I wade upon the stony creek bed, ankle deep, of Tionesta Creek. The only way to find trout, on these hot days, is to start out early before the heat of the day arrives. The trout will be in the riffling, tumbling water where it’s cooler and more oxygenated or in the shade along the banks.
While wading down creek, to where I want to fish, I look around at nature and the hard woods of the ANF. The abundance of green that crowds the creek banks is of more greenish hues than one can imagine. Green leaves of Oaks, Maples, Beech and Birch trees, among other trees, flutter with the slight breeze at times. Even the Hemlocks and pines appear greener than their olive colors during the colder months. Looking down creek misty vapors, in a haze, linger over the water where the hot sun hits the open cool creek.
The sounds of warblers, warble within the forest like a bunch of high pitched women at a social gathering. In the not to far distance a crow caws out as if in frustration, like an old raspy woman calling out for her husband and children to come in for breakfast while it’s hot.
Once settled in shin deep water I cast out a Woolly Bugger in water that doesn’t appear to be any deeper than knee high. A fish pulls line and I set the hook. Fighting it in the riffling current makes him feel stronger than he actually would be in calmer water. He shoots up creek in shallower riffles and then turns down creek with the current. The rod tip bows with the tightened line and leader that follows the fish. I hold the fly line between my fingers feeling every sudden turn and head shake of the frisky fish. Easily I play him and net the trout.
“Well, that didn’t take too long,”
While casting out for another a trout rises within the riffles. I waste no time snipping off the bugger and knotting on a dry caddis. The splash is no more than 3 rod lengths away. I make a soft cast upstream and watch the caddis bob up and down on the small waves. My second cast is a little further out. Within the trouts sight he rises with a splash not wanting the caddis to pass him by. A quick wrist and pull of the slack line and my second trout is scurrying about like a scared chipmunk looking for cover. I get the trout turned towards me and scoop him up in the net.
While trying to fool another I notice the shade on the water, from the hillside trees, slowly moving towards the bank as the sun rises higher. The humidity increases also and I’m thankful for the slight cool breeze that touches my face from the rising mist of the cooler water.
It takes time but I make another rise, hook him, and net a smaller brown trout. The humidity increases with the rising morning sun as I feel a bead of sweat drip down my spine. It is still early and there is still shade and deeper water along the far bank. I knot on the Woolly Bugger and cast it towards the far bank. The slow current carries my bugger down creek. One cast my bugger plops within two feet of a big exposed boulder that’s anchored in the bank side dirt. I notice my fly line doesn’t drift to far before the line curves upstream towards the boulder as if snagged. I lift the rod and the line slowly starts to move up creek along the bank. I quickly grip the cork tighter and yank back the long length of line. The line tightens and the rod sections arc towards the bank. I watch the leader slice through the surface upstream. Line peels off the reel spool as I hold the rod at an angle towards the fleeing fish. My grip tightens and I move the rod butt into my gut for leverage. All of a sudden a smallmouth bass explodes out of the water. He rises, full body, into the air twisting and wavering his body like a wind sock in a swirling wind storm. He plops back into the water in belly smacking fashion and takes off upstream. I try and keep the rod skyward to cut down the resistance of the fly line as it cuts through the water surface.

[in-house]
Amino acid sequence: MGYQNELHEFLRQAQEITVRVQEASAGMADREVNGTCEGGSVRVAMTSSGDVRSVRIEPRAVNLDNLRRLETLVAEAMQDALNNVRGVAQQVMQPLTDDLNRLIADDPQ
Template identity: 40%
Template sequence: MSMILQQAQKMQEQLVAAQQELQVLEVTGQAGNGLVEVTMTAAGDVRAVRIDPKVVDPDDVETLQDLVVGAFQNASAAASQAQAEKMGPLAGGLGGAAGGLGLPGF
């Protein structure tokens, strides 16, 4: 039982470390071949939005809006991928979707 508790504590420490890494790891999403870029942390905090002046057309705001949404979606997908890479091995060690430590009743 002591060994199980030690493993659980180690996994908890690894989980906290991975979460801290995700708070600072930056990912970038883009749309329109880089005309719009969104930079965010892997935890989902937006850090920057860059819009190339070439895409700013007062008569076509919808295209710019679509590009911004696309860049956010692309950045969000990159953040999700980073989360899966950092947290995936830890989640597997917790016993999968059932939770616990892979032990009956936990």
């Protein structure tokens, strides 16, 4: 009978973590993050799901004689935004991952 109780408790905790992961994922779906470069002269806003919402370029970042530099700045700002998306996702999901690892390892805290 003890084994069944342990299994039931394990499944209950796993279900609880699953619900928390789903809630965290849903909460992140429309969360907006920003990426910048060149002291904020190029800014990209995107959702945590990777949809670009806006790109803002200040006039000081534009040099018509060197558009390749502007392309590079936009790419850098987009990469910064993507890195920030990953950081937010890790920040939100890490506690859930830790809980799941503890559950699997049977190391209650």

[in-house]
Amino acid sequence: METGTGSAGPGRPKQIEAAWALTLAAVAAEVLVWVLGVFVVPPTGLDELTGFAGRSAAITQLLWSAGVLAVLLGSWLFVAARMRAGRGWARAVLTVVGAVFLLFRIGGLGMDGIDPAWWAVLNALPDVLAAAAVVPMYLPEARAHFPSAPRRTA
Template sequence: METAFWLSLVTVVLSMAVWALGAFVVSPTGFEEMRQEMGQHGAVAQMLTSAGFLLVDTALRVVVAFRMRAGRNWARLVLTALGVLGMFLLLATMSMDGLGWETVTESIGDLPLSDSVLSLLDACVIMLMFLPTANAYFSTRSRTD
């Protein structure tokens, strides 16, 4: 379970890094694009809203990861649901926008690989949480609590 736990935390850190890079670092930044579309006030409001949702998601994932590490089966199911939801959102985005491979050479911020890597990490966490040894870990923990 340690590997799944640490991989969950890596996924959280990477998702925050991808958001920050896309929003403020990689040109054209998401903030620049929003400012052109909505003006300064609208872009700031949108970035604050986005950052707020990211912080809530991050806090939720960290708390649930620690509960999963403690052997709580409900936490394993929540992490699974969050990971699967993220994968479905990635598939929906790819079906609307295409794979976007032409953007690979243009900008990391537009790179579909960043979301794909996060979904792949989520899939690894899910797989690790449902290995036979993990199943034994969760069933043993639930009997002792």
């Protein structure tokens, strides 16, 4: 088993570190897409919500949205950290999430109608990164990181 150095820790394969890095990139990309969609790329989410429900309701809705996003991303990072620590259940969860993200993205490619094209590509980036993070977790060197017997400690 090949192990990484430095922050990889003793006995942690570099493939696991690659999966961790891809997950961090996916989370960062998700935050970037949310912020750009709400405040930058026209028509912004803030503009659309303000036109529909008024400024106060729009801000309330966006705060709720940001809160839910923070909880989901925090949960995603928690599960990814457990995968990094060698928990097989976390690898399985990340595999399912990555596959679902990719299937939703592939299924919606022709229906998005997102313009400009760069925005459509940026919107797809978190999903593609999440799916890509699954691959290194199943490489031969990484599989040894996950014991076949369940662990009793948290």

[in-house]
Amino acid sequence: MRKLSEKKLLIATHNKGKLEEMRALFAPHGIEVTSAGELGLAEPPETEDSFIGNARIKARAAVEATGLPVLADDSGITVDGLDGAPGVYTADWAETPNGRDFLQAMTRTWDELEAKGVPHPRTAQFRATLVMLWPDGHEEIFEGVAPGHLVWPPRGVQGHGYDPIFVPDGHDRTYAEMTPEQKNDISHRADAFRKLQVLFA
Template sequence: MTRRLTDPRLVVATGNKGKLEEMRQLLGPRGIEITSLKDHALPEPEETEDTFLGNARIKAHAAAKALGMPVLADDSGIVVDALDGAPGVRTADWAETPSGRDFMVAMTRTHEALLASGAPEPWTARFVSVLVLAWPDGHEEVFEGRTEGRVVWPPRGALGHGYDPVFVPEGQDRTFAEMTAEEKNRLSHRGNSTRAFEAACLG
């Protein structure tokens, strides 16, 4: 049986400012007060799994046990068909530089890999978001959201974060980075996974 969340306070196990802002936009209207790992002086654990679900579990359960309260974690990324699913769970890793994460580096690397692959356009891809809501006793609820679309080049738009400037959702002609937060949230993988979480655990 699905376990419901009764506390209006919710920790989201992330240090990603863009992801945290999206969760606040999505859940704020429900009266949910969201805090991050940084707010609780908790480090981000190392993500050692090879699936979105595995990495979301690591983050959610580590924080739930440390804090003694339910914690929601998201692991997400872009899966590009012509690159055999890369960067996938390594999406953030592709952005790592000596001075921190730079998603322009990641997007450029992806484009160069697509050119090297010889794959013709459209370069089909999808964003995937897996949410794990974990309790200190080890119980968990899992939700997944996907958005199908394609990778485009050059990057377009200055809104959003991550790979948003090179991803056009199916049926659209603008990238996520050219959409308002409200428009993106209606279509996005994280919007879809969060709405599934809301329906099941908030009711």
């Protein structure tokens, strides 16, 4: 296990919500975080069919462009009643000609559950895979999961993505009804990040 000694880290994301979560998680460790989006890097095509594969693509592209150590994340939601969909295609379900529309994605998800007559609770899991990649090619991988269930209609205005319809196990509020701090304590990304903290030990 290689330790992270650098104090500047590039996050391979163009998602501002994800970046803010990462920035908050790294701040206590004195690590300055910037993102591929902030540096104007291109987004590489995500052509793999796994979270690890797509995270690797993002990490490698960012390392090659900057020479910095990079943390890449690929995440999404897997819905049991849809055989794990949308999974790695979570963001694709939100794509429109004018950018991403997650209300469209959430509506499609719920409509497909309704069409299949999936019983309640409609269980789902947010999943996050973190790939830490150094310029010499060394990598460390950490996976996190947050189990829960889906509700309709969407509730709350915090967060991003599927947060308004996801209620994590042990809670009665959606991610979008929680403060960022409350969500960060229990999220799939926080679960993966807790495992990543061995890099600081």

Upstream the big guy turns and swims with the current down creek. I’m able to reel in some line as he passes between the boulder and me. Continuing down creek I can’t hold him from swimming any further as the rod sections bend deeply. I leave go of the reel handle and let him strip line off the tensioned spool drag.
At times I get him closer but he has enough strength to pull away taking line with him. As much as I want to get him in the net quickly I’m powerless against his strength against the 5 weight rod and 4x tippet to horse him in. We tug against each other like two strong men trying to get the other across the defining winning line. Eventually the strength of my fly rod and my patience wins out and I net the nice size smallmouth!
What a morning surprise.
Well, though it’s only 9:30 that deserves a cigar. I take a H. Upmann fuma from my pocket and cup my hands away from the slight breeze.
For the next half hour I nymph fish the riffles and catch a small brown trout on a wet fly. I fish a bugger also but noting wants to sample it. I hear a fish splash upstream and turn my head quickly to see an expanding swirl. I knot on the caddis again and wade into position to get a good cast to the vicinity. I cast out and let the caddis drift into a calm within the riffles. A fish splashes on my offering and I’m quick with the hook set. The fish strongly fights and battles in the current trying to get free. I get him nearer enough and net a nice speckled brown trout.
For the next hour I try to coax another but the activity shuts off like lights on a vacant, time restricted, park playground.
The sun is in full view above as if in a painting of a farm scene. The painting has a bright sun depicting a glow in a blush blue sky, minus the rooster and weather vane. My Columbia PFG shirt is wet with sweat from the humidity and not from any action. There isn’t a breeze to be thankful for and without cooperative fish, I start to wade upstream and call it quits.